Wednesday, 6 April 2016

Dash Cams - No longer the next "Big Thing"

... it is "THE" big thing!

What do you know about "In-car Safety Cameras" (aka "Dash-Cams")?  
Types of Dash-Cams

Perhaps you've seen dash-cam footage from YouTube?  Or watched TV shows dedicated entirely to showing captured incidents using dash-cams. 

Maybe you've seen in the news, footage of the meteor that exploded near Chelyabinsk, Russia in 2013?  If not for dash-cams, it is unlikely that anyone would have captured the meteor as it entered the Earth's atmosphere till its demised a few seconds later.

This goes to show that many motorist already use these devices in the world.  Perhaps you're already one of them.

No matter your level of exposure with these devices, there is no doubt they're fast becoming common windscreen attachments as SatNavs, eTags and hand free phone holders.

And just as car stereos with Aux/USB input, Bluetooth, and reversing cameras are now standard in most cars, I see dash-cams as the next "must have" car option for new car buyers.  Right now they're selling like hot cakes as an after-market accessory.

Yet despite this, I have not heard of any new cars available for sale in this country, offering such important (safety) devices as standard.  Or at the very least, a factory fitted option.  Not even from the likes of uber expensive luxury makers Rolls Royce & Bentley.  Though I could be wrong - it won't be the first time, nor will it be the last.

How difficult is it to include dash-cams as part of the car?  And will it cost much?

From an outsider's point of view, it does not seem difficult nor should it cost much at all.  Automotive engineers could incorporate the design of the device into the development of the vehicle from the start, coupled with the economies of scale in manufacturing, complexity is removed and cost kept minimal.  I see pricing similar to that of a factory fitted reversing camera.  In fact it could cost less as dash-cams do not necessarily need a monitor/screen to work.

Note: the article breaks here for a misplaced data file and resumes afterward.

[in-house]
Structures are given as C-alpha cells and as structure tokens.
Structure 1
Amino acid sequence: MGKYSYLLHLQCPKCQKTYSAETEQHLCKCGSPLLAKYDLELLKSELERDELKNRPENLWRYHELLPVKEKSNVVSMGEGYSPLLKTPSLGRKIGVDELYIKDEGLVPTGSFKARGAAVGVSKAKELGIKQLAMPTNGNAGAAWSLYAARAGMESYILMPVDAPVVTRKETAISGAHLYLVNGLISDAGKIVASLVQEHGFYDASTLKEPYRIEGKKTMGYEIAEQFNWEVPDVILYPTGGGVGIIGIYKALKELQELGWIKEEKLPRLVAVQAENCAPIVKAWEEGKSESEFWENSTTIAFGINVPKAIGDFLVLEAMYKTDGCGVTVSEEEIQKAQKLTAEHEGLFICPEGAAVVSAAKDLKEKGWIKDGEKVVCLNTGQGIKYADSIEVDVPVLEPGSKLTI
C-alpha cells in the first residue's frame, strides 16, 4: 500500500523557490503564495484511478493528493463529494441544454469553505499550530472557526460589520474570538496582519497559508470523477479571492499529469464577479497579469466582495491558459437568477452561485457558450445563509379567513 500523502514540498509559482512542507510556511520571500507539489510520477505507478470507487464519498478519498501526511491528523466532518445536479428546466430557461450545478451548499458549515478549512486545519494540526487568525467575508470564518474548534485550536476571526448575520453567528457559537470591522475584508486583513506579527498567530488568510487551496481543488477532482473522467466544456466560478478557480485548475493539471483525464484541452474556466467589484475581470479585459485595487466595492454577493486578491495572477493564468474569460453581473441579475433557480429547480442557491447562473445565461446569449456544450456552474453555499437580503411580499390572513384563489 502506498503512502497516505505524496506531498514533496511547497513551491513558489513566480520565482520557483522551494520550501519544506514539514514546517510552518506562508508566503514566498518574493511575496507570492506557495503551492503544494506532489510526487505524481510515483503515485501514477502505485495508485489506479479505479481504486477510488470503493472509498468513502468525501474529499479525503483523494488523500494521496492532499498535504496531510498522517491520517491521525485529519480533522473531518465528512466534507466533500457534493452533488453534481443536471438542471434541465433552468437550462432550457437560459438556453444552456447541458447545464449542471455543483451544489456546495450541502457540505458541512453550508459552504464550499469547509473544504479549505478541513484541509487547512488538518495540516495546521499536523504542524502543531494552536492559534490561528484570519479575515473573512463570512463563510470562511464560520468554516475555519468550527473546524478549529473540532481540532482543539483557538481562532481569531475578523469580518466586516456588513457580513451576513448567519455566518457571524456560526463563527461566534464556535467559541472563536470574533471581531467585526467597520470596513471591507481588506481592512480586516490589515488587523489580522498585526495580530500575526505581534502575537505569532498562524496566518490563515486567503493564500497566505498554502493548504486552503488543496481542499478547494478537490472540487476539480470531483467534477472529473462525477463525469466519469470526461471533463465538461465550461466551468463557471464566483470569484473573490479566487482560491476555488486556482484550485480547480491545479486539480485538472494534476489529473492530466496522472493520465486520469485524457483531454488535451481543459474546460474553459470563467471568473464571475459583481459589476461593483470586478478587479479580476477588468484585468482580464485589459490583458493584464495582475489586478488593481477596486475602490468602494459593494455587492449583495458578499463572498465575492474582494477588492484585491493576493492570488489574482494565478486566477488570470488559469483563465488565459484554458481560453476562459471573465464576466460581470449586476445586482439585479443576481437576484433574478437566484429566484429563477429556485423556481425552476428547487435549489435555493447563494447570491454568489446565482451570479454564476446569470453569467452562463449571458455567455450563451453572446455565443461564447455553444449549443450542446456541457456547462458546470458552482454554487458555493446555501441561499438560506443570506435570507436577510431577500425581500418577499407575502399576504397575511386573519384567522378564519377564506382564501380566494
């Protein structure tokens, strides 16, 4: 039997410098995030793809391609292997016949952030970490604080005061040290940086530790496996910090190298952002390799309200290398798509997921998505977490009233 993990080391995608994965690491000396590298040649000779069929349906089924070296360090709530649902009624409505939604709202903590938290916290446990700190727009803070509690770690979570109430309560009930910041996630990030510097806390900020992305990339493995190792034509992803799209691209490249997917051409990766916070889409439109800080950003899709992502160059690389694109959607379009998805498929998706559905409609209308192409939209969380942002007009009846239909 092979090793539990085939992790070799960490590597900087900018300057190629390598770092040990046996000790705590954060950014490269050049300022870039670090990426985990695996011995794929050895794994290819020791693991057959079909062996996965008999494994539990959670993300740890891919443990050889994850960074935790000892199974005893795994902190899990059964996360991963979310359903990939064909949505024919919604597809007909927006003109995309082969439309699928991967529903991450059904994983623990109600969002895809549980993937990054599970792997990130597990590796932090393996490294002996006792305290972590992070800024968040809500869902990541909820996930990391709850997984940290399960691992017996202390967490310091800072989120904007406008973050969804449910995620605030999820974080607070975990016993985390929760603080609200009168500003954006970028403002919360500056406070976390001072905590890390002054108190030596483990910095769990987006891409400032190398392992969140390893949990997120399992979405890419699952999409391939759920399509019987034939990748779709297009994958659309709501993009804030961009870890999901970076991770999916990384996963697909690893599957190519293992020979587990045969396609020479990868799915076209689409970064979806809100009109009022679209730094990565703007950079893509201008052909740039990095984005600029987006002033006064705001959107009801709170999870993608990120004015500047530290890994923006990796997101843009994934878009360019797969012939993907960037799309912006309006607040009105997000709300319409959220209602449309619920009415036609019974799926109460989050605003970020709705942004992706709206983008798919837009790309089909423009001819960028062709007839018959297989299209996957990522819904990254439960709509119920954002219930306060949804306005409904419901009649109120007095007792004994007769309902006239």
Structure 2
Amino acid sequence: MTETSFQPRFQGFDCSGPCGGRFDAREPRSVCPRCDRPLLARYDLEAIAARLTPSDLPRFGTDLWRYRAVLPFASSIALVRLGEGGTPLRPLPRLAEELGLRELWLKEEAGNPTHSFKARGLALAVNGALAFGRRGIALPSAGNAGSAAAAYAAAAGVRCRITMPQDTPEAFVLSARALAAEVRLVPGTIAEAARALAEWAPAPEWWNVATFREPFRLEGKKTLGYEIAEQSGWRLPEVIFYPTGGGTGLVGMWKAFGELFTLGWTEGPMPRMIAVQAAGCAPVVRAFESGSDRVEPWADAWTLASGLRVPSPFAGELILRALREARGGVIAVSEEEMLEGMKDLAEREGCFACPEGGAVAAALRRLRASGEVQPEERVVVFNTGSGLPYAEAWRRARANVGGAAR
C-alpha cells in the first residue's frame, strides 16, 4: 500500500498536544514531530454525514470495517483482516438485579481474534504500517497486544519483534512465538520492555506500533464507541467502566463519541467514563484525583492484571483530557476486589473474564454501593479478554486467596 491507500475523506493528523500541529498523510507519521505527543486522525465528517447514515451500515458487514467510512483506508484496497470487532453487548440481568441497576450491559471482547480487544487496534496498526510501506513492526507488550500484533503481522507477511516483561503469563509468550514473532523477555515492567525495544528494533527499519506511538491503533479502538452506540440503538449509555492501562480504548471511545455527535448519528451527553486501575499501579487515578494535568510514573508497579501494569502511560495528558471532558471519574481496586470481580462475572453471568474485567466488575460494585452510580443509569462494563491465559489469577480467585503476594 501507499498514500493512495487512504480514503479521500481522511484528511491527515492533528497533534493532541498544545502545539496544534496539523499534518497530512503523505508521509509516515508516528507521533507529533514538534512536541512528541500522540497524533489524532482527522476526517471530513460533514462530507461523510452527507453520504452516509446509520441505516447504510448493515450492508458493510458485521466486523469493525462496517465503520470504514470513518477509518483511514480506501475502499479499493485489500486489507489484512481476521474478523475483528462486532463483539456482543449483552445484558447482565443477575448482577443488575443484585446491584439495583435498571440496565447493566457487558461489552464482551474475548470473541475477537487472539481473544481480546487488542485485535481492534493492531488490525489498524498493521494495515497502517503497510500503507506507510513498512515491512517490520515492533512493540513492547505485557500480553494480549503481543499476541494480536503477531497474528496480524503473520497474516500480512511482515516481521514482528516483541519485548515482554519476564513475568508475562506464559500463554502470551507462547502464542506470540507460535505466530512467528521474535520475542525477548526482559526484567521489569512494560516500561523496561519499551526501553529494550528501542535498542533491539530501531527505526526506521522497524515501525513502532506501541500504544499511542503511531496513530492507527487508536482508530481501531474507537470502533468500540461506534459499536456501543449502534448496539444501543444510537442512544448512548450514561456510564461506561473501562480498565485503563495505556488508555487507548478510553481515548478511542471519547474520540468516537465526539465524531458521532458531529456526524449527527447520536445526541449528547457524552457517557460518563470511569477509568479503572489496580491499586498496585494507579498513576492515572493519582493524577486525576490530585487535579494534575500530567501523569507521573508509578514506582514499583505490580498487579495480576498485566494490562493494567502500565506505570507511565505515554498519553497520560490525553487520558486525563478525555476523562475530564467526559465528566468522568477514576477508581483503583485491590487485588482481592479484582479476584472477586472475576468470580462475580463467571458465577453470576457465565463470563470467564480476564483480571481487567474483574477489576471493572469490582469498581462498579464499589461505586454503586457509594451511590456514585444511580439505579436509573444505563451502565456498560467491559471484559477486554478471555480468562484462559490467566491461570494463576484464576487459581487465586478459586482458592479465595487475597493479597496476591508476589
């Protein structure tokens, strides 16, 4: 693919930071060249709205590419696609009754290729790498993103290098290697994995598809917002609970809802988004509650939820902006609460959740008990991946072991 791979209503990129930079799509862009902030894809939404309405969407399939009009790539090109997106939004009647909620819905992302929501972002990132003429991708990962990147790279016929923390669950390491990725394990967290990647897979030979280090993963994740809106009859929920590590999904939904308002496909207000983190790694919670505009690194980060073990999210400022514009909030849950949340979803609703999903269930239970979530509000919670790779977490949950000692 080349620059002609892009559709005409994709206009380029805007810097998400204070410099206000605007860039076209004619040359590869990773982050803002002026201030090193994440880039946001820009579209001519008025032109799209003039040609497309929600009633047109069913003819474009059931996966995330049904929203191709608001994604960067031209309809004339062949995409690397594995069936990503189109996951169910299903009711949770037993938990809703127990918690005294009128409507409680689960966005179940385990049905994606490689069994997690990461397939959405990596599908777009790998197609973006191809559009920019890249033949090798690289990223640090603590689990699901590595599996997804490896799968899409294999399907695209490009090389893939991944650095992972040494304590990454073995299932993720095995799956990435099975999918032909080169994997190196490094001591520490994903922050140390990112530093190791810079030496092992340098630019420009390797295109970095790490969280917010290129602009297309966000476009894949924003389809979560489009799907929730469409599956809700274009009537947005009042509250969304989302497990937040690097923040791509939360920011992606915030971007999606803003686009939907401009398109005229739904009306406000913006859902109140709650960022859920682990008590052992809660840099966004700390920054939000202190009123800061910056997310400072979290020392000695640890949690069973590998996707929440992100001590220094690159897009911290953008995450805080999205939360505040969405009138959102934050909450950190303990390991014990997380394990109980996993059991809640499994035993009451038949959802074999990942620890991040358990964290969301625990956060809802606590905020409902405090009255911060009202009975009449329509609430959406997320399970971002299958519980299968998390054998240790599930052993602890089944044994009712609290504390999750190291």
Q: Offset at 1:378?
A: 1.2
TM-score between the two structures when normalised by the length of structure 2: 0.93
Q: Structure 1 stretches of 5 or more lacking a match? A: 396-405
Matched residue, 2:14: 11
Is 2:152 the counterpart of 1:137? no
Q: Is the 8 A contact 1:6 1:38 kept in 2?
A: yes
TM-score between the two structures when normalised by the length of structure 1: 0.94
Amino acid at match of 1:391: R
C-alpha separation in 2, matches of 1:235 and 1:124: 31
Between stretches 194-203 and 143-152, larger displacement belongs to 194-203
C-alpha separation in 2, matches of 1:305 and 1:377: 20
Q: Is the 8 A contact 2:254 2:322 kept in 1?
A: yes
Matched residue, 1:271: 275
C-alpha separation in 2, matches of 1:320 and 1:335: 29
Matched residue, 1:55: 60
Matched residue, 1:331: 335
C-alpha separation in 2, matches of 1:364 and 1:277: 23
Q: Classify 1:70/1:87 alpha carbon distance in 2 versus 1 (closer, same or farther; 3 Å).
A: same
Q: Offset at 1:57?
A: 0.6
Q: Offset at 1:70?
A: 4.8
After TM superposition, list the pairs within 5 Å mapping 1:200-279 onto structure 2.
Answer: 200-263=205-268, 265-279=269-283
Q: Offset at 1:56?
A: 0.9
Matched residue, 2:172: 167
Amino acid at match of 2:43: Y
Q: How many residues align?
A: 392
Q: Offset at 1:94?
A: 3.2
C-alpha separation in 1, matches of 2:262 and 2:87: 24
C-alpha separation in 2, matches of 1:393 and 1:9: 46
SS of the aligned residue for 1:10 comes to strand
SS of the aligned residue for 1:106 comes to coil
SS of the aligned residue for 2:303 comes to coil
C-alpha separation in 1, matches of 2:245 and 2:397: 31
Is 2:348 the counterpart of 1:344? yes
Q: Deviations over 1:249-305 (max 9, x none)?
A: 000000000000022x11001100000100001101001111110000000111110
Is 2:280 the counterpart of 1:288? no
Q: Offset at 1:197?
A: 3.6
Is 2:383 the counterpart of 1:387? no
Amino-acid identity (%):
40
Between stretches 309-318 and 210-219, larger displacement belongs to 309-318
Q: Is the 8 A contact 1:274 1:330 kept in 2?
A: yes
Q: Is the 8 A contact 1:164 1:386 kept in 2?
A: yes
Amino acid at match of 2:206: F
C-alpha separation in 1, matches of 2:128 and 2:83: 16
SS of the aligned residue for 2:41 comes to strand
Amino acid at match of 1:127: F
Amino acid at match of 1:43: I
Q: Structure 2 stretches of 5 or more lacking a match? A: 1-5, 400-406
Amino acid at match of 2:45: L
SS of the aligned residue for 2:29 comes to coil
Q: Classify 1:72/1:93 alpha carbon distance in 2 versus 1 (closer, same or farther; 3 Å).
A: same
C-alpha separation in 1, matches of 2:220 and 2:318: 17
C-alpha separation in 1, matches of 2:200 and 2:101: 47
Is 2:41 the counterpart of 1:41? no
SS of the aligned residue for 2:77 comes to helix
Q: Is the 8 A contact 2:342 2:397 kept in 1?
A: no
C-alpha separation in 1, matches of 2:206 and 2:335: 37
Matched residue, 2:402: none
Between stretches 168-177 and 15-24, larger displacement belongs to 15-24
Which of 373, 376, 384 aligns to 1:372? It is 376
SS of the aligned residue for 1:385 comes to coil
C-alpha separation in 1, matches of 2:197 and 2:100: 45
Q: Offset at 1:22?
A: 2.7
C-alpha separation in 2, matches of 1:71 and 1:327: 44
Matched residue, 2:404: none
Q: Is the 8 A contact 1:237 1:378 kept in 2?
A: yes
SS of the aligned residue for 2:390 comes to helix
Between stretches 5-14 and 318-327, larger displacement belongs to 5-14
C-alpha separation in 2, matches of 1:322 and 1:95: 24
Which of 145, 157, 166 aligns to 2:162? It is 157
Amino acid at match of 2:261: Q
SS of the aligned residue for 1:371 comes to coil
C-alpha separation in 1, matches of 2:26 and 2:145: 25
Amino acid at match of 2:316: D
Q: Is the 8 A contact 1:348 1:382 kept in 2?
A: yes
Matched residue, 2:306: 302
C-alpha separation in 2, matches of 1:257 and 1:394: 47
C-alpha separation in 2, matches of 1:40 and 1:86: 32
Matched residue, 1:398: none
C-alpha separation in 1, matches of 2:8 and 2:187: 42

What should the unit have? 

Manufacturers can opt for several forms and features:
  • Camera - should have superb ability to balance light & excellent night vision
  • Resolution - should be Full-HD (High Definition) at a minimum and/or Ultra-HD as option
  • Frame Rate - should be fast!  This along with the above specs, will provide clearer resolution in both videos and stills - perfect when trying to identify a person or number plate
  • Motion Sensors and/or Proximity Sensors - the unit should automatically starts recording when sensing movement within the vicinity of the vehicle.  Ideal in capturing break-ins, parking incidents (when car is unattended) and vandalism.
360Fly Camera

Types of Views:
  • Forward looking view only
  • Front and Rear view
  • 360 degree view

360 degree view could be done with a single camera like the 360Fly (check out their website or their YouTube Channel.  I was blown away from the experience the first time I saw a video captured using a 360Fly camera) but might not be ideal since many vehicles use their roofs to carry loads.  Fitting a single camera on the roof is out of the question.

Fitting several cameras (one for each sides) would be suitable.  Then using software (built into the device) to stitch the videos together, or simply have each cameras capture footage and store these as individual files.

Is it complex?

If some cars are now equipped with "birds-eye" view cameras to aid with parking, why not video?  The technology already exist.  No need to reinvent the wheel. 

Surround View
Where to store the video?  And what medium?

A Micro SD would be the ideal storage medium.  They are available everywhere; comes in various storage capacity; and ultra-compact.